Many people claim to understand the basics of good data and database hygiene. Often, these same people claim it is all very simple and very obvious. However, when peering into existing code and databases, it doesn’t seem that good practices are as obvious as people say. “A2” as the name of a column may sound ridiculous, but it has happened. In addition, many names for columns occur in databases across this world that are just as useful as the name “A2”—“Type,” “Flag,” “Good,” “Name,” “Code,” “Value,” and even “ABC,” for example.
These naming abominations have been created by developers and others who simply did not worry about establishing names that were more clear, understandable, or self-explanatory. These names were “good enough” often because the individuals who created them were the same ones who used them every day, and they understood exactly what they meant.
Column names aren’t the only area in which healthy practices suffer. If columns are added to a table based on coding need, regardless of whether the added columns are germane to the initial intent of the table, these developers or others believe they are simply being efficient. The results are “normal” enough. SQL joins just slow things down. Adding in a bunch of items that are not truly dependent on the key is moot; doing it otherwise is simply more work for no good reason. Besides, for the table’s key, we are simply generating a sequential number; the key doesn’t really mean anything other than that the developer decided to create another row. Everyone knows that “denormalizing for performance” is an acceptable practice. The only thing impacting the world will be the interface displayed. As long as the code works and provides a result that cannot be proven incorrect, that is all that matters, right? The problem with the above mentality is that those thoughts express myopia and hubris.
Those good-enough opinions are not wellfounded. Databases and code are no longer isolated to a lone developer. The individual who initially wrote something may be long gone, leaving others to open up what’s been left behind and enhance, change, or fix the issues. Even if the originator is still in-house, that person may no longer be the appropriate individual to drop everything and work on an issue. Thinking that data structures or process blocks are any developer’s playground, allowing each to do with as he or she chooses, is no longer an appropriate perspective. Everything today is shared, open, exposed, and reused, and data created in one place is used elsewhere, even sometimes, everywhere.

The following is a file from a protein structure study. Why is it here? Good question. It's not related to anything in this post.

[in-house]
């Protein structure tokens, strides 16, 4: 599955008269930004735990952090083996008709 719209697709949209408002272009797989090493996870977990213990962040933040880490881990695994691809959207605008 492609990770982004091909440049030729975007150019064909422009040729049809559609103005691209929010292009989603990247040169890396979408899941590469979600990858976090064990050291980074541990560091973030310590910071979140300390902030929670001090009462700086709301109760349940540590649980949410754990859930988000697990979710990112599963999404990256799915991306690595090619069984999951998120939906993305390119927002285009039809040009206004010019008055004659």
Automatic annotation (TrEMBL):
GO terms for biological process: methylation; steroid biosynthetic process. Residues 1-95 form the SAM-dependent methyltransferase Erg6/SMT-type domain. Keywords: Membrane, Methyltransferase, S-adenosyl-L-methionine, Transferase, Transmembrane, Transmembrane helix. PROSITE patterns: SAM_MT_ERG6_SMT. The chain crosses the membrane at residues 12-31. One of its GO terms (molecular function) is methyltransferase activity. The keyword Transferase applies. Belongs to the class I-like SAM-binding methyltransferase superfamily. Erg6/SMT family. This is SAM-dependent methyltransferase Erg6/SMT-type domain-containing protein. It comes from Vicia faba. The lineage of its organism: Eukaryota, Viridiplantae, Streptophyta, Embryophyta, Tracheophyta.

It is in this context of a shared data resource, where cryptic names and sloppy modeling techniques cause problems. Such methods mean that
it takes more time for others to learn, decode, deconstruct, and set it right in their minds. When dealing with bad names, bad designs, and sloppy practices, the organization spends far greater resources to relearn, re-explore, and redo the shortsighted techniques of the past for accomplishing even small fixes. In defense of these sloppy tactics, it has been offered that time-crunches and managerial whip-cracking often force these shortcuts to speed up delivery. Sadly, instead, it is the whip-cracking and time-crunching that exposes the developers’ lack of faith and disbelief that doing things properly matters. Those who believe that not naming a column well and clearly, or not seeing to it that data structures are based on proper functional dependencies, are not saying they do not have time to do that work, they are saying they really do not understand how to do that work. Because when one does truly understand, there is no corner to cut.